To have a healthy diet (vegan or not), you need to eat plant-based and include plenty of leafy greens, vegetables, fruits, nuts and seeds in your diet.
Some vegans eat a mainly raw foods diet, while others eat mainly cooked or a mixture of raw and cooked food. There are low-fat, high-carb vegans and vegans who believe that eating a low-carb, high-fat diet is better. It all depends on your body.
Vegetarians abstain from eating meat, poultry and seafood, but may include some dairy and eggs in their diets. Lacto-ovo vegetarians include both, lacto-vegetarians eat dairy products, but not eggs, whereas ovo-vegetarians eat eggs, but not dairy.
Just like with veganism, a vegetarian can eat a very healthy diet full of plants or lead an unhealthy lifestyle choosing junk foods.
Plant-based diets are all about eating mainly plant-based foods, focusing on leafy greens, vegetables, fruits, nuts, seeds, legumes and whole grains. A plant-based diet can be completely vegan, or vegetarian, or may include some meat, poultry, or even fish.
The main idea is to eat a healthy diet that mostly consists of plants. Eating plant-based is necessary for the health of vegans, vegetarians and those who still include animal products in their diet.
Whichever diet lifestyle you choose to go with is up to you, your ethical beliefs and your personal body. Remember, YOU are the expert of your body.
How To Go Vegan, Vegetarian, Or Plant-Based?
- Decide what’s right for you. For some, going cold-tofu is the best way to go, but for most, slowly transitioning is the easiest and most sustainable tactic.
- Go at your own pace. Be gentle with yourself. Stop judging yourself. If you stumble or get off track, it’s okay, just keep moving forward.
- Eat plenty of leafy greens, vegetables and fruits. If you are on a standard American diet (SAD), just start adding one extra vegetable or fruit to your diet and keep increasing the amount. Add one plant-based meal to each day, then increase it to two days. Try Meatless Mondays.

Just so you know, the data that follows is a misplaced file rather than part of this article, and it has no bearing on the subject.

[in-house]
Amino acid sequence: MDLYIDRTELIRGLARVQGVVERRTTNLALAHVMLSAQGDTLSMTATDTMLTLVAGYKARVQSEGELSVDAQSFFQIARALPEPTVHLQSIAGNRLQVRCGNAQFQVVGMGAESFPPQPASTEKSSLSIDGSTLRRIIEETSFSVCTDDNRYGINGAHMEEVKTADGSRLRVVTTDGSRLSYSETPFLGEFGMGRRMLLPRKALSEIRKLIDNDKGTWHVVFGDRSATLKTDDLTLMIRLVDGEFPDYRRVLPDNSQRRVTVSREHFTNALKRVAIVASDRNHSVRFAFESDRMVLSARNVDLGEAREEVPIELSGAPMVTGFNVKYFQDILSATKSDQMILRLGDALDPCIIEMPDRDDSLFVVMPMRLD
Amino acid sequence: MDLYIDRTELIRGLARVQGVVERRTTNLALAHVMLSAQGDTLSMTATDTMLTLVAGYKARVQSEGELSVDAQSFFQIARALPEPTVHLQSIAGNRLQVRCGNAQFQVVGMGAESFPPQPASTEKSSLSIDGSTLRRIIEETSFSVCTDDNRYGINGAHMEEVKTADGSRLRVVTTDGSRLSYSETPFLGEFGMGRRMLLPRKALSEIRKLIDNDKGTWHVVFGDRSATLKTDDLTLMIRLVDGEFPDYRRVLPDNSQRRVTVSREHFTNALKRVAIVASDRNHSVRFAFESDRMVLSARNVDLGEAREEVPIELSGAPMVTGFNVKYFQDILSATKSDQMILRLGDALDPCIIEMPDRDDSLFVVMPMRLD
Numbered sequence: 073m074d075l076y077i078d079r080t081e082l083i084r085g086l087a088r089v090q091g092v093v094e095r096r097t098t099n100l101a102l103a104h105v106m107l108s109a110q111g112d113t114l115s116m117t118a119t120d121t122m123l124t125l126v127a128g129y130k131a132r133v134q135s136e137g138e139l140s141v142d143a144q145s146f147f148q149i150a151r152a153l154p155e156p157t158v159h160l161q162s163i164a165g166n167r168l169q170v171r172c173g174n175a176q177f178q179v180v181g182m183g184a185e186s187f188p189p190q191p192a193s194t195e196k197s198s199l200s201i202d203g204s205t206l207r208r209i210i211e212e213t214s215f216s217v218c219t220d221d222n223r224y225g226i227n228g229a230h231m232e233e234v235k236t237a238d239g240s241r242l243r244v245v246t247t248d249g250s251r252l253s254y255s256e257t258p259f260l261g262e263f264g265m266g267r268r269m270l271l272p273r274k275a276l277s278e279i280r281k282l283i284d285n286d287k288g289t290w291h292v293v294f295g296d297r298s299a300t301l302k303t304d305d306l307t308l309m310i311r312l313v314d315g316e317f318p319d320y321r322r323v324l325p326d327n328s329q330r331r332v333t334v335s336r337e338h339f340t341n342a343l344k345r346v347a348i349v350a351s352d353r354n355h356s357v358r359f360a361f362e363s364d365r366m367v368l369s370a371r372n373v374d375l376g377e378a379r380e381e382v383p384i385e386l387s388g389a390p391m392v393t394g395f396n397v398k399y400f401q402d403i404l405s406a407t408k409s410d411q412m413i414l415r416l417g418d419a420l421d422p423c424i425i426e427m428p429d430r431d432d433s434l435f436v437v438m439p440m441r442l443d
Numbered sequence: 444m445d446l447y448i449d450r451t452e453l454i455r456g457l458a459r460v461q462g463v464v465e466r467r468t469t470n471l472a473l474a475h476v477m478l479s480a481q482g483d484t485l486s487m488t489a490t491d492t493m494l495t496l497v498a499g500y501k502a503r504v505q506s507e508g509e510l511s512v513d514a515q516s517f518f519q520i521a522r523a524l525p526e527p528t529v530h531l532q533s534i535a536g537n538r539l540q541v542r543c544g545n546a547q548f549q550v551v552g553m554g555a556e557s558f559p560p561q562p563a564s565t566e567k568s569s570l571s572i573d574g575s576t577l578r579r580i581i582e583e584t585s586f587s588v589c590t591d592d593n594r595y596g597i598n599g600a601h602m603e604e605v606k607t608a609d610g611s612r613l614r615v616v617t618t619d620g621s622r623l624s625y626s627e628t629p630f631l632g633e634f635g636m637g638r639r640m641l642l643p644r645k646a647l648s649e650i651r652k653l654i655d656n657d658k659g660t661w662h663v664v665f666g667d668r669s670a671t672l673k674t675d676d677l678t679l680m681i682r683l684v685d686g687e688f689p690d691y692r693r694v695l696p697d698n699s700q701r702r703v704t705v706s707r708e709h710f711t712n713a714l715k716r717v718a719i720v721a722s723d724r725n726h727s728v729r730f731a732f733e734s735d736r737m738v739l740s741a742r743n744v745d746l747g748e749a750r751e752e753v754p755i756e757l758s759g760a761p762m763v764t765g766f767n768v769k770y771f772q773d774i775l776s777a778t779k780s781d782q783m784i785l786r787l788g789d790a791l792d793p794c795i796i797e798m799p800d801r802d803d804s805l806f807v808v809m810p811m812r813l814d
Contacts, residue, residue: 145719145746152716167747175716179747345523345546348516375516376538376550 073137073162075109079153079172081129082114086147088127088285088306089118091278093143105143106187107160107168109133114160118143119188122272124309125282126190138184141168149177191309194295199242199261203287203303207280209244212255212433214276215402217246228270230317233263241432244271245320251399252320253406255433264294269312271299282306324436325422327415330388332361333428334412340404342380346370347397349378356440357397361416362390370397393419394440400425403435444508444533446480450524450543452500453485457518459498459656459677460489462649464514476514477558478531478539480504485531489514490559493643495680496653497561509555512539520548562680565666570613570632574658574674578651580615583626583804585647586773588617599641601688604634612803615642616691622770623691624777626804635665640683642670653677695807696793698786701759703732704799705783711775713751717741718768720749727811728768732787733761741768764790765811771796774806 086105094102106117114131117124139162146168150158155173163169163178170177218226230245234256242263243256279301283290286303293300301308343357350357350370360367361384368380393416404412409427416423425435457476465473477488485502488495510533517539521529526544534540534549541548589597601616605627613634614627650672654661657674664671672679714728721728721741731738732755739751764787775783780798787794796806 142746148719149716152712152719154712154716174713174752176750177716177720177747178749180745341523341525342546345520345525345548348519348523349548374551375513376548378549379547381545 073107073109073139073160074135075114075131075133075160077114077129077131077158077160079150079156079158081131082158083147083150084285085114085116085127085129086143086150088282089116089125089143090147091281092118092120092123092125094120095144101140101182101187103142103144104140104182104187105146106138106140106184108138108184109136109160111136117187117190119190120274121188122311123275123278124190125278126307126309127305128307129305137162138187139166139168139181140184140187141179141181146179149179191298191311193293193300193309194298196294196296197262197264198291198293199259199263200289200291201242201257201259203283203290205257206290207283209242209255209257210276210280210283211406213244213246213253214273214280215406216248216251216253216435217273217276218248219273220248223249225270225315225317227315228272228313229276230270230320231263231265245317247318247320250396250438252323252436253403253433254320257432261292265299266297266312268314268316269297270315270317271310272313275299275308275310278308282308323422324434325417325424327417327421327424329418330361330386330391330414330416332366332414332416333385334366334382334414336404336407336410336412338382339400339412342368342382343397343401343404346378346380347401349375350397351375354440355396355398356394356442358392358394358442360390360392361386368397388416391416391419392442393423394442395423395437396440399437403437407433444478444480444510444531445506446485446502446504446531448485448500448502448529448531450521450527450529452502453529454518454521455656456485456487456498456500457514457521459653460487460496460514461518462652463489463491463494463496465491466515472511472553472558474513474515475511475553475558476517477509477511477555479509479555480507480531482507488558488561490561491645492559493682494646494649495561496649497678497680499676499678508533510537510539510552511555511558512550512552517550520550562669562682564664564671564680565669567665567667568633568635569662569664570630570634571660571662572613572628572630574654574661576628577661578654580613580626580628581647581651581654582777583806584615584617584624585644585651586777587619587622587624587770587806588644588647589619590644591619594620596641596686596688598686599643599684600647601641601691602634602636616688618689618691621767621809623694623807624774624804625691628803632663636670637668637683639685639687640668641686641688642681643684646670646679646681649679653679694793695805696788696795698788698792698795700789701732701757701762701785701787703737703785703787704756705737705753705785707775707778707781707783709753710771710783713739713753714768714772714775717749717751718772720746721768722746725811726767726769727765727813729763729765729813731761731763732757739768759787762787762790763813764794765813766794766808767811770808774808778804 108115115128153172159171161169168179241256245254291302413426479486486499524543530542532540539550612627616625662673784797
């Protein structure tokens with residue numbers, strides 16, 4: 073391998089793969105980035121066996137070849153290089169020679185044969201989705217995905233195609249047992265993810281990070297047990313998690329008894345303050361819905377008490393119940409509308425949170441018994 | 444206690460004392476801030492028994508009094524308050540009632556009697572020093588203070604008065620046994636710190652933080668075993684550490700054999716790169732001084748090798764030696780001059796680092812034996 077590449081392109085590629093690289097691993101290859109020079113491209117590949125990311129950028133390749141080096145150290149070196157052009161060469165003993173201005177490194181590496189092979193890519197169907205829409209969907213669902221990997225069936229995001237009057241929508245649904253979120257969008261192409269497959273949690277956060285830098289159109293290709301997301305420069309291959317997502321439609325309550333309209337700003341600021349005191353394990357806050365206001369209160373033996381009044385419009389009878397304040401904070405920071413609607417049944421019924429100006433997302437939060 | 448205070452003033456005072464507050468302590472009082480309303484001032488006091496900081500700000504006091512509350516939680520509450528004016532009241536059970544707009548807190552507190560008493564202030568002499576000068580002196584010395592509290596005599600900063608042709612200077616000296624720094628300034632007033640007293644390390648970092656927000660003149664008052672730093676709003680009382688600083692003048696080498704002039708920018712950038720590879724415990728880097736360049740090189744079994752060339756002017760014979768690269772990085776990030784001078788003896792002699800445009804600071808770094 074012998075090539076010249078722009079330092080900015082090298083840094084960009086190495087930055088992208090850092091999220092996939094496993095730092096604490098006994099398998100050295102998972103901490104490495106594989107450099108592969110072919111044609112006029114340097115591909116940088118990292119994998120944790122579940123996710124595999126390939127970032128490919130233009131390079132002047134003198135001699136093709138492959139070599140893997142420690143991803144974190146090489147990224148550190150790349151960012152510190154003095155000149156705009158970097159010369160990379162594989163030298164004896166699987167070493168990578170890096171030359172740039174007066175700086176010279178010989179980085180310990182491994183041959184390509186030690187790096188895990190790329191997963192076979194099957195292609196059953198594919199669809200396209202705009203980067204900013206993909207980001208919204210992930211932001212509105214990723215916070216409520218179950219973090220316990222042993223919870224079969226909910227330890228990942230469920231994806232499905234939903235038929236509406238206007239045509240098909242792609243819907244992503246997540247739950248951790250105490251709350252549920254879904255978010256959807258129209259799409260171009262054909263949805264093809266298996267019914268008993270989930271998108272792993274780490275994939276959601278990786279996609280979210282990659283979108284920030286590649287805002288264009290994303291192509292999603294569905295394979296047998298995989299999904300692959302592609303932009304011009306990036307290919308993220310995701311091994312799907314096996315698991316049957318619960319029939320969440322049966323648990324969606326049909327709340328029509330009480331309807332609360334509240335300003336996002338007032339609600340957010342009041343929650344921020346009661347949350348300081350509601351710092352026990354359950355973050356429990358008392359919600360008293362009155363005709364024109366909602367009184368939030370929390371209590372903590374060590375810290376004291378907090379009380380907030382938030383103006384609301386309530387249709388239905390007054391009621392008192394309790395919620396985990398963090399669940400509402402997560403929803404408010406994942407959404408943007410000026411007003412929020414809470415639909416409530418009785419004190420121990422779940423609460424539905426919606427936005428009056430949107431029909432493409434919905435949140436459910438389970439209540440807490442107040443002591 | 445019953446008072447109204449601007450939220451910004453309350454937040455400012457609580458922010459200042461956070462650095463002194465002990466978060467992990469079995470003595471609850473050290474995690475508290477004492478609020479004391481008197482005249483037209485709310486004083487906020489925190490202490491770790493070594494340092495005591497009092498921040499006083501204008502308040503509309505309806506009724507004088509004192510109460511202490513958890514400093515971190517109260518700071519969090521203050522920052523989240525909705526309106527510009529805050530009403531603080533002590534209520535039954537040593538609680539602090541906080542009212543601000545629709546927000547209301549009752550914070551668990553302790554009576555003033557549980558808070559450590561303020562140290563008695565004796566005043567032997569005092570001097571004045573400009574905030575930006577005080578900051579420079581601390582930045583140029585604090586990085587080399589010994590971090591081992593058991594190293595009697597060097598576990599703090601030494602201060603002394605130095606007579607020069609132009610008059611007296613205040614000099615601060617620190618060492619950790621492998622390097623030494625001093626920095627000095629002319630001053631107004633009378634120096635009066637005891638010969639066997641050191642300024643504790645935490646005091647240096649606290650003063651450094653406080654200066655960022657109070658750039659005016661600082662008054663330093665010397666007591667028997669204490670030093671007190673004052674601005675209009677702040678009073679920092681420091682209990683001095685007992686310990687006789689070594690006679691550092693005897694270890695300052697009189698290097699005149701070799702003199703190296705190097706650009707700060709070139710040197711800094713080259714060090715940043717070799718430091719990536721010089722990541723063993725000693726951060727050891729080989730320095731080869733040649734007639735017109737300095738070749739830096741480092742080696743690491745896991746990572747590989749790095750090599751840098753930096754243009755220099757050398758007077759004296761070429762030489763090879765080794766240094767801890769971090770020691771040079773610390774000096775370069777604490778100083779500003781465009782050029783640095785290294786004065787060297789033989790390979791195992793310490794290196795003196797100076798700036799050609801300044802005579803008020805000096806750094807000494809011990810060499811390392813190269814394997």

- Crowd out. Focus on the good stuff going in. Keep adding those veggies, fruits and other whole plant foods. The bad stuff – like processed junk and animal products – will be unnecessary after a while.
- Start juicing! Make green juices – they are the best way to quickly get lots of greens and nutrients into your body. If you are too busy to juice and are constantly on-the-go, try our Organifi Green Juice Powder, it actually tastes delicious and is SO convenient.
- Make green smoothies. Green smoothies are another excellent way to get your greens and essential nutrients in and all the fiber can keep you satisfied and your digestive system regular too.
- Try new recipes. Experiment in the kitchen. Make cooking fun! Cook with your friends and families. Share recipes with each other.
- Join a supportive community. Community support is crucial. We are in this together. Together we are stronger. You can do it and we are here to help.
- Hire a health coach. Working with a health coach can be super beneficial, especially if you are a beginner. They can give the necessary guidance and support you need to find out what’s right for your body.
If you are currently eating plant-based, vegan, or vegetarian, what are your tips for newbies? If you are still new, what are your concerns and questions? What motivates YOU to eat plant-based? Share below!
Kat Gál is a multi-passionate writer, world traveler, nomad, runner, and cat-person. She is a lifelong learner who lives outside of her comfort zones stretching her boundaries and discovering beauty around the world. She is a Certified Holistic Health and Life Coach who encourages others to embrace their unique authentic selves, follow their heart and find their own version of freedom in life.